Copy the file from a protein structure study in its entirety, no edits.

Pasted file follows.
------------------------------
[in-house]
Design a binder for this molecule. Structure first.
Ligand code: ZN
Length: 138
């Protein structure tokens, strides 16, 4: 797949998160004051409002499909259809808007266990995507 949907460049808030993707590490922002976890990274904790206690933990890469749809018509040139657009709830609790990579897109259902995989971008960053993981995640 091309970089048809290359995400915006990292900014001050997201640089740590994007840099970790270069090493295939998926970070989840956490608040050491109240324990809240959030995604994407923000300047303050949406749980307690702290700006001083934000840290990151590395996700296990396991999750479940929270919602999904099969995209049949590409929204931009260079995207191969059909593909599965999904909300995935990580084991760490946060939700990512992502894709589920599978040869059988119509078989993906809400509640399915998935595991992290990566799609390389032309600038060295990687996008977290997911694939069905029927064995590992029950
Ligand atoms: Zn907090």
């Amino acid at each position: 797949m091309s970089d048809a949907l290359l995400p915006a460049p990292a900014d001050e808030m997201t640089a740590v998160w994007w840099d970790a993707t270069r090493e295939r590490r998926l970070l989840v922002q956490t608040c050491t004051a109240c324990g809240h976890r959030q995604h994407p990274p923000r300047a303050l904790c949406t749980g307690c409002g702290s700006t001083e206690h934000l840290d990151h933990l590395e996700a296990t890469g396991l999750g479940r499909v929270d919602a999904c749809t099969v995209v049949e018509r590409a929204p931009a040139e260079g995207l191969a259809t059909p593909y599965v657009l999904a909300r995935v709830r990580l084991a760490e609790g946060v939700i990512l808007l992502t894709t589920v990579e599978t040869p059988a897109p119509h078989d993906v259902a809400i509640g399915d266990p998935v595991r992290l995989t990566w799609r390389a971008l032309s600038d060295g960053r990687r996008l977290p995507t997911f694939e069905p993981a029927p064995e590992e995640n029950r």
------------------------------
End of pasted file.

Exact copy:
[in-house]
Design a binder for this molecule. Structure first.
Ligand code: ZN
Length: 138
């Protein structure tokens, strides 16, 4: 797949998160004051409002499909259809808007266990995507 949907460049808030993707590490922002976890990274904790206690933990890469749809018509040139657009709830609790990579897109259902995989971008960053993981995640 091309970089048809290359995400915006990292900014001050997201640089740590994007840099970790270069090493295939998926970070989840956490608040050491109240324990809240959030995604994407923000300047303050949406749980307690702290700006001083934000840290990151590395996700296990396991999750479940929270919602999904099969995209049949590409929204931009260079995207191969059909593909599965999904909300995935990580084991760490946060939700990512992502894709589920599978040869059988119509078989993906809400509640399915998935595991992290990566799609390389032309600038060295990687996008977290997911694939069905029927064995590992029950
Ligand atoms: Zn907090």
């Amino acid at each position: 797949m091309s970089d048809a949907l290359l995400p915006a460049p990292a900014d001050e808030m997201t640089a740590v998160w994007w840099d970790a993707t270069r090493e295939r590490r998926l970070l989840v922002q956490t608040c050491t004051a109240c324990g809240h976890r959030q995604h994407p990274p923000r300047a303050l904790c949406t749980g307690c409002g702290s700006t001083e206690h934000l840290d990151h933990l590395e996700a296990t890469g396991l999750g479940r499909v929270d919602a999904c749809t099969v995209v049949e018509r590409a929204p931009a040139e260079g995207l191969a259809t059909p593909y599965v657009l999904a909300r995935v709830r990580l084991a760490e609790g946060v939700i990512l808007l992502t894709t589920v990579e599978t040869p059988a897109p119509h078989d993906v259902a809400i509640g399915d266990p998935v595991r992290l995989t990566w799609r390389a971008l032309s600038d060295g960053r990687r996008l977290p995507t997911f694939e069905p993981a029927p064995e590992e995640n029950r």